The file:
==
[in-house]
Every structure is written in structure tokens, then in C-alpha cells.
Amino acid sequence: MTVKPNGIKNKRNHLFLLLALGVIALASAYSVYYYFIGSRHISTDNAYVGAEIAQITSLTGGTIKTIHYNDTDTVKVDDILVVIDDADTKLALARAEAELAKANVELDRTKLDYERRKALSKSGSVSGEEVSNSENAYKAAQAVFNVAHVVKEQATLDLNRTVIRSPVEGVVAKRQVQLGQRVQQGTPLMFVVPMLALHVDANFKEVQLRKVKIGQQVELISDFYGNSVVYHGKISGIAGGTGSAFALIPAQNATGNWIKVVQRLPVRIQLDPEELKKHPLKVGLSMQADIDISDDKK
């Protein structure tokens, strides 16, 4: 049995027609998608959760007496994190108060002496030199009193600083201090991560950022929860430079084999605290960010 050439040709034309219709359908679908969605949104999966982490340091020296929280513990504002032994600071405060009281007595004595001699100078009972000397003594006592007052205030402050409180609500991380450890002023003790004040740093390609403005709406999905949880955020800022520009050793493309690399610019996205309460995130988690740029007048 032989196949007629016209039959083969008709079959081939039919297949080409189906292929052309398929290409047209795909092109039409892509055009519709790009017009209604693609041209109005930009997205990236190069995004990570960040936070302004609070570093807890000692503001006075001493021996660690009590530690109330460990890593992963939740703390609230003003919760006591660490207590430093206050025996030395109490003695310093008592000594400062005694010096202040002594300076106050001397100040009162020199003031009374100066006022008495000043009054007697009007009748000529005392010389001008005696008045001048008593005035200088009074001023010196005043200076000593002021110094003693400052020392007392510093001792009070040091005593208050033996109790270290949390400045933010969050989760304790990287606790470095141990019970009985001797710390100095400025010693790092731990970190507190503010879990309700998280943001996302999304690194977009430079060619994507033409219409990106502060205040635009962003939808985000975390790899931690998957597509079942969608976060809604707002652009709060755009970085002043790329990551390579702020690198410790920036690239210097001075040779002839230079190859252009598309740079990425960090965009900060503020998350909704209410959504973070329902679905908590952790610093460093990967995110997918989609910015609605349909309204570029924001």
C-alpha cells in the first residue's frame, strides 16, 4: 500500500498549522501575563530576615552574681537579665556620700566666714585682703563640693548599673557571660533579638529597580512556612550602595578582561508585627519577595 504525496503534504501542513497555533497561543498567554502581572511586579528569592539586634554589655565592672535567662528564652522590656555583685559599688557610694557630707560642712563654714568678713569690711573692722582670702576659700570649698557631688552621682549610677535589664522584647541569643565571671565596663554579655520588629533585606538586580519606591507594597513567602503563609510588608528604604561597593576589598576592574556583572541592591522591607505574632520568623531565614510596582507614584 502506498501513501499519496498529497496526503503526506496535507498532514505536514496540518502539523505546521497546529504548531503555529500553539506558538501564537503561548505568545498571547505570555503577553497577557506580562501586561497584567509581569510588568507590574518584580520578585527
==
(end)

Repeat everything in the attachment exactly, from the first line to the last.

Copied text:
[in-house]
Every structure is written in structure tokens, then in C-alpha cells.
Amino acid sequence: MTVKPNGIKNKRNHLFLLLALGVIALASAYSVYYYFIGSRHISTDNAYVGAEIAQITSLTGGTIKTIHYNDTDTVKVDDILVVIDDADTKLALARAEAELAKANVELDRTKLDYERRKALSKSGSVSGEEVSNSENAYKAAQAVFNVAHVVKEQATLDLNRTVIRSPVEGVVAKRQVQLGQRVQQGTPLMFVVPMLALHVDANFKEVQLRKVKIGQQVELISDFYGNSVVYHGKISGIAGGTGSAFALIPAQNATGNWIKVVQRLPVRIQLDPEELKKHPLKVGLSMQADIDISDDKK
């Protein structure tokens, strides 16, 4: 049995027609998608959760007496994190108060002496030199009193600083201090991560950022929860430079084999605290960010 050439040709034309219709359908679908969605949104999966982490340091020296929280513990504002032994600071405060009281007595004595001699100078009972000397003594006592007052205030402050409180609500991380450890002023003790004040740093390609403005709406999905949880955020800022520009050793493309690399610019996205309460995130988690740029007048 032989196949007629016209039959083969008709079959081939039919297949080409189906292929052309398929290409047209795909092109039409892509055009519709790009017009209604693609041209109005930009997205990236190069995004990570960040936070302004609070570093807890000692503001006075001493021996660690009590530690109330460990890593992963939740703390609230003003919760006591660490207590430093206050025996030395109490003695310093008592000594400062005694010096202040002594300076106050001397100040009162020199003031009374100066006022008495000043009054007697009007009748000529005392010389001008005696008045001048008593005035200088009074001023010196005043200076000593002021110094003693400052020392007392510093001792009070040091005593208050033996109790270290949390400045933010969050989760304790990287606790470095141990019970009985001797710390100095400025010693790092731990970190507190503010879990309700998280943001996302999304690194977009430079060619994507033409219409990106502060205040635009962003939808985000975390790899931690998957597509079942969608976060809604707002652009709060755009970085002043790329990551390579702020690198410790920036690239210097001075040779002839230079190859252009598309740079990425960090965009900060503020998350909704209410959504973070329902679905908590952790610093460093990967995110997918989609910015609605349909309204570029924001």
C-alpha cells in the first residue's frame, strides 16, 4: 500500500498549522501575563530576615552574681537579665556620700566666714585682703563640693548599673557571660533579638529597580512556612550602595578582561508585627519577595 504525496503534504501542513497555533497561543498567554502581572511586579528569592539586634554589655565592672535567662528564652522590656555583685559599688557610694557630707560642712563654714568678713569690711573692722582670702576659700570649698557631688552621682549610677535589664522584647541569643565571671565596663554579655520588629533585606538586580519606591507594597513567602503563609510588608528604604561597593576589598576592574556583572541592591522591607505574632520568623531565614510596582507614584 502506498501513501499519496498529497496526503503526506496535507498532514505536514496540518502539523505546521497546529504548531503555529500553539506558538501564537503561548505568545498571547505570555503577553497577557506580562501586561497584567509581569510588568507590574518584580520578585527